Our Toolkit (Continued)
SHame as Master Emotion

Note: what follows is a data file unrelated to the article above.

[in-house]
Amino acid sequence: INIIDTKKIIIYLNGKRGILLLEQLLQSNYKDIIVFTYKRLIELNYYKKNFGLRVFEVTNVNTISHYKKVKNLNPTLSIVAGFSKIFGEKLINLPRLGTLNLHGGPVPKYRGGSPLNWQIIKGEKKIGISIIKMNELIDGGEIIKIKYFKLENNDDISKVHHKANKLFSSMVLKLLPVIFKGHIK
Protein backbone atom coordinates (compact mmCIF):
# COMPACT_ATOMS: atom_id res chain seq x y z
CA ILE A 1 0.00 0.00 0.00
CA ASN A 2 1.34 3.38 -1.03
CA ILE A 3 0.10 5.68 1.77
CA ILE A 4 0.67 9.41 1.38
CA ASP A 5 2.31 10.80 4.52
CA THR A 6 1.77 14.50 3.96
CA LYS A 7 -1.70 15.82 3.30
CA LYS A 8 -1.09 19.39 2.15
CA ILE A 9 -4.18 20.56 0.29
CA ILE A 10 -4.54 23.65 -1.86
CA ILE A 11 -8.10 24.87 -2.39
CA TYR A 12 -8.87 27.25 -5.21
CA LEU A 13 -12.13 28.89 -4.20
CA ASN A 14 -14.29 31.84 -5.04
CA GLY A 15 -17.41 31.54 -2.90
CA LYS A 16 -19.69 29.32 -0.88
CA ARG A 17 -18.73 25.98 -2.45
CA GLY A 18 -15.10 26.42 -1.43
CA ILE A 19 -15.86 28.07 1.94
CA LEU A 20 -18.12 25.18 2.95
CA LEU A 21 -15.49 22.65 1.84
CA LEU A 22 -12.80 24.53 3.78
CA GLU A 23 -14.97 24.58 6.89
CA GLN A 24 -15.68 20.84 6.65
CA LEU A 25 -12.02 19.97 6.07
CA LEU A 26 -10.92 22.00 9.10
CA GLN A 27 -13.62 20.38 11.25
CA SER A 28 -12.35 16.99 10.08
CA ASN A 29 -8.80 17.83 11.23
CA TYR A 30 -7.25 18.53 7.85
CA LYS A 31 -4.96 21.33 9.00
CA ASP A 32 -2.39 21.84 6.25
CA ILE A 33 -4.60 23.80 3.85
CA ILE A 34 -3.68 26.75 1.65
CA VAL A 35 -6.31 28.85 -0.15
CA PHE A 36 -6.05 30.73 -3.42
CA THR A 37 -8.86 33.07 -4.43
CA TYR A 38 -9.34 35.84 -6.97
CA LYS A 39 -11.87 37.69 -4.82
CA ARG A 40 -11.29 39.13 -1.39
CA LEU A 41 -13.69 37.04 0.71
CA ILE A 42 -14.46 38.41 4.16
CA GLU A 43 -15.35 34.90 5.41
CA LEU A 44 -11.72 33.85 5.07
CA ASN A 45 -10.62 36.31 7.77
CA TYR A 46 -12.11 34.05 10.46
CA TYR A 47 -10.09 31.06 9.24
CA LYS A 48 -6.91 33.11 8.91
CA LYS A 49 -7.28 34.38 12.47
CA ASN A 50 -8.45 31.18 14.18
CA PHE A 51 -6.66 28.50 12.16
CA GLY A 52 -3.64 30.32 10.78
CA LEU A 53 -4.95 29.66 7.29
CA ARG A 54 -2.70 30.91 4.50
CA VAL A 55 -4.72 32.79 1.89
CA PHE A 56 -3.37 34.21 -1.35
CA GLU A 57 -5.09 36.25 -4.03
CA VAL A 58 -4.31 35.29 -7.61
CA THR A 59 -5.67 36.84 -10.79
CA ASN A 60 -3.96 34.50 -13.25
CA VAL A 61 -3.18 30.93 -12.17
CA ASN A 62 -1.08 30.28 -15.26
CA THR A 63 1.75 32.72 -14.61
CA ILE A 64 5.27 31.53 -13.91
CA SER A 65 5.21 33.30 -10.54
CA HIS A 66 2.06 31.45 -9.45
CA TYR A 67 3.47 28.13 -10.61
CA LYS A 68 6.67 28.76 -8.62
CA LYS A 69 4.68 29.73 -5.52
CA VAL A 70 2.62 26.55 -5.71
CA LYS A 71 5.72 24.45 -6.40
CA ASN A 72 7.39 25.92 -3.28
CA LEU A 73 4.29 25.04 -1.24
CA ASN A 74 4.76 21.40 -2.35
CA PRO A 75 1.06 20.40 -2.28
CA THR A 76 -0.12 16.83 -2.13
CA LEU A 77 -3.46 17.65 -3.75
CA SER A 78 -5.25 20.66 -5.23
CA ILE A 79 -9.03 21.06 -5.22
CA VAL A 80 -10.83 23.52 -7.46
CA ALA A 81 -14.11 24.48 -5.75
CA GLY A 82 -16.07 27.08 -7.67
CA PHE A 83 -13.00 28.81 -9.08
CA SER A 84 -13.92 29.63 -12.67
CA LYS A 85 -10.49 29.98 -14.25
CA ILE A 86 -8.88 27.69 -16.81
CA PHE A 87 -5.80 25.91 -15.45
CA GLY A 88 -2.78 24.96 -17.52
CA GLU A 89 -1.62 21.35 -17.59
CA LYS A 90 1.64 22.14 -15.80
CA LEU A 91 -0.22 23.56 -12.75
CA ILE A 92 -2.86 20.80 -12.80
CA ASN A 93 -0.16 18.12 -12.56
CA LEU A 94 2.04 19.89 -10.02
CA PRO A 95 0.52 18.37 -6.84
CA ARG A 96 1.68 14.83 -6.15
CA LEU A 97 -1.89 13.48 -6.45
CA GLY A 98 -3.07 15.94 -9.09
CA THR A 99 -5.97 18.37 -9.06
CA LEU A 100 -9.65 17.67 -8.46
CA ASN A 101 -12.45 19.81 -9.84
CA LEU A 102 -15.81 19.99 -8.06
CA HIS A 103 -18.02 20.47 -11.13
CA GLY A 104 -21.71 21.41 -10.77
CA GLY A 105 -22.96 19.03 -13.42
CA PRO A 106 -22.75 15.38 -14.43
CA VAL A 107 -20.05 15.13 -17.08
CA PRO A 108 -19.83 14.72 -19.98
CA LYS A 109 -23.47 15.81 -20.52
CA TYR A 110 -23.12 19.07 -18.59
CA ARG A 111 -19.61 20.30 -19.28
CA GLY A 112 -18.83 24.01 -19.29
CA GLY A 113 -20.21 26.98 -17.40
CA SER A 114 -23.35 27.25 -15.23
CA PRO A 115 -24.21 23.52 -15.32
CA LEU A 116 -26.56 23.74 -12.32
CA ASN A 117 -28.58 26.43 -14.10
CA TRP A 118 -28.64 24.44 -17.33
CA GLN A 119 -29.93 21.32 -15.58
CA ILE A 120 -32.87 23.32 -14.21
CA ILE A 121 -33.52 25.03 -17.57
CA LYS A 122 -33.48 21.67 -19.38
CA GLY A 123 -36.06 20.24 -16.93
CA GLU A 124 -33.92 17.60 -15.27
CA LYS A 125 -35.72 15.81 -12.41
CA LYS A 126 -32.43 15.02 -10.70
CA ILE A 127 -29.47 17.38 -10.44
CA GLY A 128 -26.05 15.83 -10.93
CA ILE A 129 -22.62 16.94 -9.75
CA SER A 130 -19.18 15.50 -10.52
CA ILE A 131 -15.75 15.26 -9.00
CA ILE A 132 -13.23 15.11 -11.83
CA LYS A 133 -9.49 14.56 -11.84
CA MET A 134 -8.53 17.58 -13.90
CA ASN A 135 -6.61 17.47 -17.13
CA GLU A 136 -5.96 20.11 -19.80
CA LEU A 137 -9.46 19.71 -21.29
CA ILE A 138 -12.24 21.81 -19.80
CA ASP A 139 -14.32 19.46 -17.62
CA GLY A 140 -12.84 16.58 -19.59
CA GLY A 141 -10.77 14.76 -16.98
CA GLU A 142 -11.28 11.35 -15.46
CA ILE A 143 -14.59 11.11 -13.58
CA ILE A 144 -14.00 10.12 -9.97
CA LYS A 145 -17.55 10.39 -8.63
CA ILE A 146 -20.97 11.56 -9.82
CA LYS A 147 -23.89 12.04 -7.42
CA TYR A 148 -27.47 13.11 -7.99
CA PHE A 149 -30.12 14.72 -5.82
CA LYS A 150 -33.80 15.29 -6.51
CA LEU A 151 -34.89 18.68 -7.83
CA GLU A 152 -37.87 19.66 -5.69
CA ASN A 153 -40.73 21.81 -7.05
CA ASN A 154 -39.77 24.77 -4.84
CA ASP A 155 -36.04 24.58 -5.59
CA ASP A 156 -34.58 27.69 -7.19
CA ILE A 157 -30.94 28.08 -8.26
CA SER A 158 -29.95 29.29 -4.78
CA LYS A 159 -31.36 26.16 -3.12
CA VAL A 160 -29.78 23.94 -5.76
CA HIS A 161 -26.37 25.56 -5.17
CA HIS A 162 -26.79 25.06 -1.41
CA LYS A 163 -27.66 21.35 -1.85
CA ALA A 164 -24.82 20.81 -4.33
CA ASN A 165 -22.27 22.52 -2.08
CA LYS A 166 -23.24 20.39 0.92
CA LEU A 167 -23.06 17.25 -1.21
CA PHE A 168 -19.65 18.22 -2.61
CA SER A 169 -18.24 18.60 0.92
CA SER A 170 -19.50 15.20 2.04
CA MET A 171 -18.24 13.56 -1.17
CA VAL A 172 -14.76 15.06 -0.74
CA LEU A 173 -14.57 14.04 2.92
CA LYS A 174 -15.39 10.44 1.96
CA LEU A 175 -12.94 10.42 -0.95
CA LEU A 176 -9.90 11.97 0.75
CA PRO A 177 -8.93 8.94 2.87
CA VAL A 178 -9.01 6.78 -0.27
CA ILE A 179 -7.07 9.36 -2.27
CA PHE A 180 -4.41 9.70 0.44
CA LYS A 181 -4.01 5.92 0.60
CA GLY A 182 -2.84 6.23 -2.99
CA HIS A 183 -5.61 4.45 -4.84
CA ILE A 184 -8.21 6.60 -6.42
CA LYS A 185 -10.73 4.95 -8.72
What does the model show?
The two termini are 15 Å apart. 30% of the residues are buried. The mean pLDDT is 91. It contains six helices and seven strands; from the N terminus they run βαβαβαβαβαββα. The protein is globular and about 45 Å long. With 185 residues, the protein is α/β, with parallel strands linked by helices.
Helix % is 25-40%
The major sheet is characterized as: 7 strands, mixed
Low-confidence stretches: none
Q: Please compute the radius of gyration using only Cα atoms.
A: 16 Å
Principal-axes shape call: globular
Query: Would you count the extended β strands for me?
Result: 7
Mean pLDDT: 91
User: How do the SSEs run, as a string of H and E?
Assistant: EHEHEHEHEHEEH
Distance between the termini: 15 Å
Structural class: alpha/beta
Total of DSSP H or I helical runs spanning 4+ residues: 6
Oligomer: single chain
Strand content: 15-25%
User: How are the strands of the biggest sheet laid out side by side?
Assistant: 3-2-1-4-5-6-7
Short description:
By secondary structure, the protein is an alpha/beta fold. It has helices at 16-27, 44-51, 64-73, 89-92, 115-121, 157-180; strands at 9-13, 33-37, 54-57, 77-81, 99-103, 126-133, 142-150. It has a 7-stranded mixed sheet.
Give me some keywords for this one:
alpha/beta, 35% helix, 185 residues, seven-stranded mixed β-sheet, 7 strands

Research in social psychology shows that the avoidance of shame is a foundational driver of ordinary behavior. Shame arises when we believe that we’ve been judged as somehow defective by consequential members of our community (e.g. our colleagues, friends, and family). In contrast to common understandings of shame, the research shows that shame-related feelings (e.g. shyness, insecurity, embarrassment, humiliation, etc.) are pervasive, not occasional, guiding how we conduct ourselves in ordinary moments, including—how we engage others, how we define ourselves, what we buy, what we wear, even regulating our expression of other emotions. A particularly provocative aspect of this research holds that our personalities are largely the result of the specific tactics we’ve developed to avoid shame.